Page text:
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(!) A solid understanding of articles is required before proceeding further.
Knowing when to use an article can be tricky, but knowing when NOT to use an article can be even trickier.

Remember that, in addition to some of the situations already listed, you’ll need an article when:
  • It's unique

    • The Eiffel Tower
    • The Internet

  • Known to everyone

    • The World Wide Web
    • The Nile

  • Using particular time expressions

    • The week before last…

  • It answers (or implies) an answer to questions like why, when, how (etc) and makes it specific

    • The highway just north of Montreal. (Which way are you taking?)

  • It implies information or makes something specific

    • The problems (the ones we discussed)
In general, when you want to make a statement that is general or is an all statement (meaning that it includes all of the subject/object being discussed), you will need to omit the article.

For example: World politics are complicated!

However, you need to be aware that sometimes a statement which includes the concept of all actually implies specificity.

For example: The world politics discussed in class are complicated.

While "World politics" implies a concept of all (all world politics), the additional information "discussed in class" makes the world politics specific and therefore in need of an article.

You DO NOT need an article when...
  • Generalising or using general meaning

  • Using abstract nouns

    • Education, love

      • Education in Canada is...
      • "Love is a many splendored thing..."

        • Made specific:

          • The education system in Canada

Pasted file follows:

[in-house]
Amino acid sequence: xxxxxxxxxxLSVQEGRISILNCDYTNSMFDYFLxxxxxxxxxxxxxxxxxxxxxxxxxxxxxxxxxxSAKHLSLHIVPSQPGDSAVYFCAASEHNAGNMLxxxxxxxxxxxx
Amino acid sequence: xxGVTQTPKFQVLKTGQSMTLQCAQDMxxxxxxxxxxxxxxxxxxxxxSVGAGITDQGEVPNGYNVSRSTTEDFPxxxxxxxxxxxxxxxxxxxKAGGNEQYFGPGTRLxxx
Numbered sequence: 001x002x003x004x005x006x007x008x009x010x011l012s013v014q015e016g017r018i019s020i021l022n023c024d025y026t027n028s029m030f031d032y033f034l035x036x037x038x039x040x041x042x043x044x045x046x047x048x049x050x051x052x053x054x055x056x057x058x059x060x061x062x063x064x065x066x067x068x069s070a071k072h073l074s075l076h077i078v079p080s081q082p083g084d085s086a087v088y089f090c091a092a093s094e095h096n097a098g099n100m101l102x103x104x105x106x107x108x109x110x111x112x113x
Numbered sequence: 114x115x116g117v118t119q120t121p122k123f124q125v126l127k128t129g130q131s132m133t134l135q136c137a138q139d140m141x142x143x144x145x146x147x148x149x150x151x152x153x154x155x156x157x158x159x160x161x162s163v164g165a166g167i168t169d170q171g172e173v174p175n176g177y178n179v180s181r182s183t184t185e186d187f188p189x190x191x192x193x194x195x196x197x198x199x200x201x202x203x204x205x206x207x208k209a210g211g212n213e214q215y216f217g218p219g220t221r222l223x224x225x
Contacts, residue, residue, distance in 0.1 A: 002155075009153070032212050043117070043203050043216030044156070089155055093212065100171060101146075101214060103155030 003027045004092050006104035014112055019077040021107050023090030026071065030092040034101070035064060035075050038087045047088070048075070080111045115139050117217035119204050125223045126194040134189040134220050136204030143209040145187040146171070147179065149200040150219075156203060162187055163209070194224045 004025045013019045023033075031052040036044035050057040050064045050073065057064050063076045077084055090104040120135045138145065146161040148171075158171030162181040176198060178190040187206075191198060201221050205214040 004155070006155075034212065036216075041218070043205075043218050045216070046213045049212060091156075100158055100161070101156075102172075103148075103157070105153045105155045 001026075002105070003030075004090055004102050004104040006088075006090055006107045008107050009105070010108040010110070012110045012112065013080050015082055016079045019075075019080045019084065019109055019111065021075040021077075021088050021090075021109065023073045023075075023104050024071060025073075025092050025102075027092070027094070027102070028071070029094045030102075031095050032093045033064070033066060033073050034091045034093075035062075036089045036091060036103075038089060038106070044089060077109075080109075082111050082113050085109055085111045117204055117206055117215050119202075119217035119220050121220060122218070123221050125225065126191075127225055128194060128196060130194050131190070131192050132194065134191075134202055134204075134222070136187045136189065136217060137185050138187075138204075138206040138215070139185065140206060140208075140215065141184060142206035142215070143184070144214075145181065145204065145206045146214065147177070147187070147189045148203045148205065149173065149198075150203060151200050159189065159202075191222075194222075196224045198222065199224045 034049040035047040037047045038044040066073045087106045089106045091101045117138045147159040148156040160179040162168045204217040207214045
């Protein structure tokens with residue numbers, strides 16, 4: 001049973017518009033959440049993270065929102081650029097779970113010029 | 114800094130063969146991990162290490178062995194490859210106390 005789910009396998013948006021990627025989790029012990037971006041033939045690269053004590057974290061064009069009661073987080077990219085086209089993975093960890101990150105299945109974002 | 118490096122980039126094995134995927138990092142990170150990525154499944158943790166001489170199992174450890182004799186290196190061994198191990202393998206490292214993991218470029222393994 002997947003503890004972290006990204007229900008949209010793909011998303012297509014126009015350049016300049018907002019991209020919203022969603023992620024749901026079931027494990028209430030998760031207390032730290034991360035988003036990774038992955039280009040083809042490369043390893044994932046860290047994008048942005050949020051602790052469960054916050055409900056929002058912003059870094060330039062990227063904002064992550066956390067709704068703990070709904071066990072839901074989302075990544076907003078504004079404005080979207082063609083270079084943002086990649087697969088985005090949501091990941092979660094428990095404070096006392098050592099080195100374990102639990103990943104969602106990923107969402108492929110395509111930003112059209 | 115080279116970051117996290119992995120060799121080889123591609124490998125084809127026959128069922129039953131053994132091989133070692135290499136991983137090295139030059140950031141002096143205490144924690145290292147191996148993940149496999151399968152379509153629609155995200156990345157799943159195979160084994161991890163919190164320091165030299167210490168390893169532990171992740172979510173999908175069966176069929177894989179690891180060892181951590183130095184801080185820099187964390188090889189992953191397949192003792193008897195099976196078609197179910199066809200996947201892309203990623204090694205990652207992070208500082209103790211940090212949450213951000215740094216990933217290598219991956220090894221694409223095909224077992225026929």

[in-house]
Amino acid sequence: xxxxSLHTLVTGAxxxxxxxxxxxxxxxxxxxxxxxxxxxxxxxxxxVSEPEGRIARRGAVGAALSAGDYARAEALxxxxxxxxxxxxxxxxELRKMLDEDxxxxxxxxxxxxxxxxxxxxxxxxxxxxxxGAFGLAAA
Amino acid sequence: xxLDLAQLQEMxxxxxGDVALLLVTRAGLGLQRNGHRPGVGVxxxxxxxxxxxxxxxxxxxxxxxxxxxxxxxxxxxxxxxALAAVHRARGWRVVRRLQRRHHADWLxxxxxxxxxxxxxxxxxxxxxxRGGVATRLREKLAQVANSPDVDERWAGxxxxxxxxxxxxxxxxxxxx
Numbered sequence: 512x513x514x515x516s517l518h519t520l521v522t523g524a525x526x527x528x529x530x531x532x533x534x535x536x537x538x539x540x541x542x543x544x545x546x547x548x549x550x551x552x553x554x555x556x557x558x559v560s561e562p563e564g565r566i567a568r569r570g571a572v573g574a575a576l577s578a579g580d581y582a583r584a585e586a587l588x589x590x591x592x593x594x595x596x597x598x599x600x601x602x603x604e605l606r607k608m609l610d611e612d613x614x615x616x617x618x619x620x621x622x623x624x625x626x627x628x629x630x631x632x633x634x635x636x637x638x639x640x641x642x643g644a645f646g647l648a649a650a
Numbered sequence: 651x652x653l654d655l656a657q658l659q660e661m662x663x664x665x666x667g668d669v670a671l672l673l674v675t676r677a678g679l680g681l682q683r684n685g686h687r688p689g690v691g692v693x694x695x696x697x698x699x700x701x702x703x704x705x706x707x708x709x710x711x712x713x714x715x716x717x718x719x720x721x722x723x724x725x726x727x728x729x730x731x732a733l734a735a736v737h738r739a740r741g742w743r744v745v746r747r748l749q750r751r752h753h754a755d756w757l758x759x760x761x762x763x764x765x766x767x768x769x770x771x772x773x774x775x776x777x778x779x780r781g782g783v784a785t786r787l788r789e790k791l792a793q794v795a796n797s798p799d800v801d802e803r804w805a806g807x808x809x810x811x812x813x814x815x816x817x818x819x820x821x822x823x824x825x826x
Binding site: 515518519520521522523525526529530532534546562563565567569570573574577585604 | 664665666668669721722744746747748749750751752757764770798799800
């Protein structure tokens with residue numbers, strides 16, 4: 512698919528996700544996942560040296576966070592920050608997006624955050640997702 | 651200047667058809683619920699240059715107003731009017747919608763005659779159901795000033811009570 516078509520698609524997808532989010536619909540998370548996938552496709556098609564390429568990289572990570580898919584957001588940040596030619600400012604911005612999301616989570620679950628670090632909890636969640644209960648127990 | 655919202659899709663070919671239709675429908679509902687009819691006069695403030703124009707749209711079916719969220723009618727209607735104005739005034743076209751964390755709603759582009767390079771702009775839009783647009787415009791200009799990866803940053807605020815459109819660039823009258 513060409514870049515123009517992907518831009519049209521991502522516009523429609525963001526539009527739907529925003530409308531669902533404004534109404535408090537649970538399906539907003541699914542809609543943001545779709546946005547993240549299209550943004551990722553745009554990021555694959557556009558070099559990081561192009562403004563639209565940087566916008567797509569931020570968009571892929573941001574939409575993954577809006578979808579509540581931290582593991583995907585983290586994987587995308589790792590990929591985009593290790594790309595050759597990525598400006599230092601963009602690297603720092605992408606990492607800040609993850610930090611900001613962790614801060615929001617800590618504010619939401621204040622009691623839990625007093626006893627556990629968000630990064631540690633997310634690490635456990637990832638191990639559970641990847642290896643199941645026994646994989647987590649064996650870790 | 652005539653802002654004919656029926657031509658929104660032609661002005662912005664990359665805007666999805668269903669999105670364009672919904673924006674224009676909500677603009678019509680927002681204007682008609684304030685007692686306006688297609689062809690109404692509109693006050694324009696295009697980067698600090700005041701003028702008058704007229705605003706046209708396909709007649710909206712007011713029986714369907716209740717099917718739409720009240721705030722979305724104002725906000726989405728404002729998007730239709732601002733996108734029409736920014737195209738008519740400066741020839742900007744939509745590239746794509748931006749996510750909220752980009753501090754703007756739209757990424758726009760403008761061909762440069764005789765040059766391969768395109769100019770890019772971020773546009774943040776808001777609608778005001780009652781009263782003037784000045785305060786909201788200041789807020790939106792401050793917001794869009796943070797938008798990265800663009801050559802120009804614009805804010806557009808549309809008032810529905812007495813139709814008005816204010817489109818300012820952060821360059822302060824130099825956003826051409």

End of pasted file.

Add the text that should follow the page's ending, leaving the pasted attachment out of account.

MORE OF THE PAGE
• The love that she feels for her children

  • Naming places in general

    • Canada, North America

      • Canada is in North America

        • Made specific:

          • The Canada of my youth is...
          • The North American dream...

  • Streets, squares, etc

    • Decarie Street, Ste-Croix Avenue, Carré St Louis

      • Vanier is located on Ste-Croix Avenue

  • Using Games or sports

    • Soccer, hockey, Nintendo

      • Many Canadians love hockey

        • Made specific:

          • We went to the hockey game last night

  • Naming languages

    • English, French

      • Many Montrealers speak both English and French

        • More specific:

          • The English language is more complicated than expected.

  • Referring to academic subjects

    • Biology, Macro Economics

      • I'm not doing very well in Macro-Economics.

        • Made specific:

          • The Biology course I took last semester was fascinating!

  • Talking about meals

    • Lunch, dinner

      • We're meeting up for lunch

        • Made specific:

          • The lunch was catered by a local chef.

  • Referring to places we always go to

    • Bed, home, school

      • She's at home

        • Made specific:

          • She goes to the school on the corner

  • Naming days, months, and sometimes seasons

    • Wednesday, May, Spring

      • Spring is one of my favourite seasons.

        • Made specific:

          • He was born in the Spring (also possible: He was born in Spring)

  • Making an exclamation with a countable or uncountable noun

    • News, idea, etc, etc...
    • That's fantastic news! Great idea!

      • Made specific:

        • What a great idea! (Making the sentence plural would mean removing the article: What great ideas!)
Take into consideration that most zero article nouns are often made specific when they modify another noun. This might help you determine when you’ll need to add an article or not. However, keep in mind that there are always exceptions to the rules.


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